Fair Isle Tips for the Chanticleer Garden Blanket

Fair Isle Tips for the Chanticleer Garden Blanket

The Chanticleer Garden Blanket is a fair isle baby blanket knit in an assortment of colorways of Perfection Sport. Fair Isle is a specific type of colorwork knitting where only two colors are used per round, even if there are a number of different colors used in the projects. In this pattern, there are seven different charted motifs. In today’s post we will spotlight a few tips and tricks to help you knit a successful project.

Tip 1: Perfection Sport as your yarn choice

Wool sticks to itself, so if a stitch drops off your needle, you’ll be able to rescue it quickly. Perfection Sport is a wool/acrylic blend which is an easy care yarn, soft, and durable, great for baby projects and blankets. Yes, you can wash this project. We’re using Snowflake, Silver Grey, Tweet, and Blueberry Buckle for our demonstration here.

Tip 2: Use Stitch Markers

Charts are used to visually represent the stitches for colorwork and there are 7 different charts in the Chanticleer Garden Blanket. Each chart includes the number of stitches in each color repeat and which stitches to knit in which color. Stitch markers are not required, though you may find it useful to mark the border stitches and to place them after each repeat or two of the chart. That way, if you reach the marker before or after the end of the chart repeat, you know you’ve made an error within the last few stitches. Be mindful that you’ll have to adjust the placement of the stitch markers when you change charts - Chart 1 is a 12 stitch repeat, and chart 2 is a 16 stitch repeat in this pattern. Here the pink marker sets off the border and the black markers mark a chart repeat. Our swatch for this tutorial is 37 stitches wide.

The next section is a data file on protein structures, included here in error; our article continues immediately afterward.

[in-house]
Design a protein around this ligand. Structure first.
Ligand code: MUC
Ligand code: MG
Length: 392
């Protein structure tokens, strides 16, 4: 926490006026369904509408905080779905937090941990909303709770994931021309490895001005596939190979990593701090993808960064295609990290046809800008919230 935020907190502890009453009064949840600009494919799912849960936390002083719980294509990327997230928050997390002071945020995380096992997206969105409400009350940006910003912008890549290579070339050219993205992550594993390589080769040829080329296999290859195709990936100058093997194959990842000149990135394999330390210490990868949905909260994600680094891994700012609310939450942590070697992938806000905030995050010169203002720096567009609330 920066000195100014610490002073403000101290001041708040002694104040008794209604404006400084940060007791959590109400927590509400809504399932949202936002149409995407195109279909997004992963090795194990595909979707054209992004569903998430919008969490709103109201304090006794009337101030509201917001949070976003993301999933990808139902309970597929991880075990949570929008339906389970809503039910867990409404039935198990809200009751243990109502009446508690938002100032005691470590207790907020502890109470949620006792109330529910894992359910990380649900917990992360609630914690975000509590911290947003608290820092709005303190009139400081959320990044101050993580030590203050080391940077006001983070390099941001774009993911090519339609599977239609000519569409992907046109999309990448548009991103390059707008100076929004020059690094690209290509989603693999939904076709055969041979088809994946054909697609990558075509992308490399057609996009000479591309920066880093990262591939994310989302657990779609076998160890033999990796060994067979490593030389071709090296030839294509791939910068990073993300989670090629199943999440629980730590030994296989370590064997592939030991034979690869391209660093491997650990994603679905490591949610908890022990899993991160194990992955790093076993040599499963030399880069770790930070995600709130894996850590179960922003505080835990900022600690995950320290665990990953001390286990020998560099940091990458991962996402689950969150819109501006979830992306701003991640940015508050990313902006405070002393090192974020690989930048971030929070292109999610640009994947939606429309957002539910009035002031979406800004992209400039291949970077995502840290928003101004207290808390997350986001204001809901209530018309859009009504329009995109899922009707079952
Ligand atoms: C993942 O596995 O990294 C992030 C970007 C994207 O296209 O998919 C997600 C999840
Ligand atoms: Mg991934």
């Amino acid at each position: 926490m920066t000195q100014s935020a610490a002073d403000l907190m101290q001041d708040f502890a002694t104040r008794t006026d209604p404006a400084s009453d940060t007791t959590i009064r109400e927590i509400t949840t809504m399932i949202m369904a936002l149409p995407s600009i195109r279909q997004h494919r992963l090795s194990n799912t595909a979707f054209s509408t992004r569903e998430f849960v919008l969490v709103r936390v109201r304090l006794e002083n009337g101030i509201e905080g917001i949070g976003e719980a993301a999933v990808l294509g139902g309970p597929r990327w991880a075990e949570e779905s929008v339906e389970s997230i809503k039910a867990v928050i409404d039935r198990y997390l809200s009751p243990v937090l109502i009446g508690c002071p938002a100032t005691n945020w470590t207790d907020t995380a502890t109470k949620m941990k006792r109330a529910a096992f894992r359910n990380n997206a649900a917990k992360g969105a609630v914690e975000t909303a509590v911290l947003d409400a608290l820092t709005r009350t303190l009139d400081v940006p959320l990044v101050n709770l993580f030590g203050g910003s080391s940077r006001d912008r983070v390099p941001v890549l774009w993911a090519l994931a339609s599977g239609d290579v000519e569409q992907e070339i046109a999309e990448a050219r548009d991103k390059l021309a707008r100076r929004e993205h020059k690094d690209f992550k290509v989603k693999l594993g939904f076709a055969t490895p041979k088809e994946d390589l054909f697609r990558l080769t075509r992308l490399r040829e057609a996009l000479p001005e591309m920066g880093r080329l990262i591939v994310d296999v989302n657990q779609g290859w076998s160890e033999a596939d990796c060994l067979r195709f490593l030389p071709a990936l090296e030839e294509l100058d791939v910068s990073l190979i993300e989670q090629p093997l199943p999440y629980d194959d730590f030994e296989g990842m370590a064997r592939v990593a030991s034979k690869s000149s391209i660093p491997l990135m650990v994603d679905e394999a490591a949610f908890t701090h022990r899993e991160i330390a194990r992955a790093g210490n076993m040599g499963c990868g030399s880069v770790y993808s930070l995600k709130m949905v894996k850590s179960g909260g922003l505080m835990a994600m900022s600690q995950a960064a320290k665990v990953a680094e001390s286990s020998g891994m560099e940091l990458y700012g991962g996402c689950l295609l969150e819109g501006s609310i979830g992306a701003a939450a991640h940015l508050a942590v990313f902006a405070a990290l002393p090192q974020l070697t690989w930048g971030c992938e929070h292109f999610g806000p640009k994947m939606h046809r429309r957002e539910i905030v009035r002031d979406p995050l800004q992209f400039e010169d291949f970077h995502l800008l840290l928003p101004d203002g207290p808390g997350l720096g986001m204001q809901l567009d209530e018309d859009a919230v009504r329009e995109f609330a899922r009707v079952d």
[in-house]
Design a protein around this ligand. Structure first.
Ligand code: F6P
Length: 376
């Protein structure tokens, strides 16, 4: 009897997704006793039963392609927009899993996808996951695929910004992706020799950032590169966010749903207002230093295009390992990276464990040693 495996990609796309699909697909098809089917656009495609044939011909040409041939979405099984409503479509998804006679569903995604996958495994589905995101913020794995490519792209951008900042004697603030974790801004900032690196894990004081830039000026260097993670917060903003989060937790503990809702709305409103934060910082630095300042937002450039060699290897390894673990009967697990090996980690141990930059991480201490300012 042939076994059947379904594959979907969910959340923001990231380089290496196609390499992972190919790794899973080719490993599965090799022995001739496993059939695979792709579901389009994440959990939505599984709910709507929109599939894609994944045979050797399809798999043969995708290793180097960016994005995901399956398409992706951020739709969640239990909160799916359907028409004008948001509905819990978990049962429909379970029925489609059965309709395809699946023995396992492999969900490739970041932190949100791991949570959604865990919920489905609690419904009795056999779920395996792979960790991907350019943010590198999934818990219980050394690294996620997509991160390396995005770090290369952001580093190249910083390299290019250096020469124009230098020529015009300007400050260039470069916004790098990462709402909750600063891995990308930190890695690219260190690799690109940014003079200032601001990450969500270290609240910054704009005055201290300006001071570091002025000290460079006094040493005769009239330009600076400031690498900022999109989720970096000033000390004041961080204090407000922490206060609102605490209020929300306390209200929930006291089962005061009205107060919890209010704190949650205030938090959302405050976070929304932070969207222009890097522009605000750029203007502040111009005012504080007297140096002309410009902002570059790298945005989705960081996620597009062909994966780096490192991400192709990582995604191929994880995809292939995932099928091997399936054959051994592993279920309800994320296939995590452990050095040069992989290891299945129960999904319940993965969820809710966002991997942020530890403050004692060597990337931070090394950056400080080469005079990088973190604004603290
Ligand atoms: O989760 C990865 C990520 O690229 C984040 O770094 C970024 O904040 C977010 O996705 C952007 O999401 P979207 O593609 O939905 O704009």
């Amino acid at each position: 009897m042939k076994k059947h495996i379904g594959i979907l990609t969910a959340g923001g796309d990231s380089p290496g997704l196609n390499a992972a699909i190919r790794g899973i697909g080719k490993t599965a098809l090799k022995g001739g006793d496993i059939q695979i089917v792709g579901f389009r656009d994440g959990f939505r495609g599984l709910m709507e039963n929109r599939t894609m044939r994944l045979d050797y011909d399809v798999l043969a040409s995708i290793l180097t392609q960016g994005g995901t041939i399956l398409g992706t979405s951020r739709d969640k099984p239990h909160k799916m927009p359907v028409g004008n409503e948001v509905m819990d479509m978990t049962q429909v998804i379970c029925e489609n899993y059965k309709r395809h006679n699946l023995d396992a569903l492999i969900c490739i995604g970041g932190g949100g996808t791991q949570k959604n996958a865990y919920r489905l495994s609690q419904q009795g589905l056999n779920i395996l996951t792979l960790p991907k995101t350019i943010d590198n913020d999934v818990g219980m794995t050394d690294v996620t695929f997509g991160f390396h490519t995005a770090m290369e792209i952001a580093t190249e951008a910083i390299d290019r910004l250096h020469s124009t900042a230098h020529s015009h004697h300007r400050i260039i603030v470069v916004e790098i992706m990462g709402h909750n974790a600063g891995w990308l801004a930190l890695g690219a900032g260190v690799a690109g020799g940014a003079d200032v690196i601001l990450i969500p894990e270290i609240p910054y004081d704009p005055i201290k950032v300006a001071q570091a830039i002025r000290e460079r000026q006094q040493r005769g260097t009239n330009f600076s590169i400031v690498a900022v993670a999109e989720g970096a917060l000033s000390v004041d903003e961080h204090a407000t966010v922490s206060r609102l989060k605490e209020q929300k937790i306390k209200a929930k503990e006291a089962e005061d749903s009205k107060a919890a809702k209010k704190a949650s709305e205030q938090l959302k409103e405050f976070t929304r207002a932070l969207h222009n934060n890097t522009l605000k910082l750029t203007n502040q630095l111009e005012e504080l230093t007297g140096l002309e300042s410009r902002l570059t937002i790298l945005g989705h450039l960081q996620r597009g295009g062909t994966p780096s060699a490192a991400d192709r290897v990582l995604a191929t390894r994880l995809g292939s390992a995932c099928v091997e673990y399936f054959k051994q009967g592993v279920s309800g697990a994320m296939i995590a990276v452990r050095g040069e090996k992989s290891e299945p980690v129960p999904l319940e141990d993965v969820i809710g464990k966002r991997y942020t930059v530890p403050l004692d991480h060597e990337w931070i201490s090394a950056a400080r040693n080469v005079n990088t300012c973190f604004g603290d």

Tip 3 Floats: Strand loosely across the back.

A float is the term for the length of yarn that is carried across the back of the knitting. This can be carrying across one stitch or several. If you pull that carried strand too tight, the fabric can pucker, and if they are too loose, the stitches look uneven and can catch on things. To get them just right is a combination of practice and taking the time to spread out the stitches just worked on the right needle each time you switch colors. Also, aim to be consistent to draw the working yarn up in the same manner each time. 

Tip 4 Fair Isle on the Purl Side

The trickiest part about this blanket is that it is knit flat, so there are a few rows in the charts where you have to work fair isle on the purl side. Many knitters consider this difficult but we think that’s because it’s just a less common method. Purl as normal, following the chart starting from the correct side! Right side rows are worked from right to left, wrong side rows are worked left to right. Keep your yarns in the same working order as on the right side and be mindful to keep the floats just right as needed. 

Tip 5: Avoid Tangles

Do your best to keep the colors you’re using separated - one skein on each side of your lap, one skein in its own ziploc bag, or even pulling out enough yardage to get you across the row. Taking the time to give each yarn space when you start the row will help you avoid tangles later. Avoiding tangles means more time knitting on your project and enjoying the colorwork emerge!

Tip 6: Be Patient with yourself!

Take it one stitch at a time and give yourself plenty of time to work on the Chanticleer Garden Blanket. Time and practice will make you a more confident fair isle knitter. We want you to enjoy it! 


Do you have a favorite tip for working Fair Isle? Connect with us on Facebook, Instagram, or Ravelry to share it with us! 

Beth Aidala

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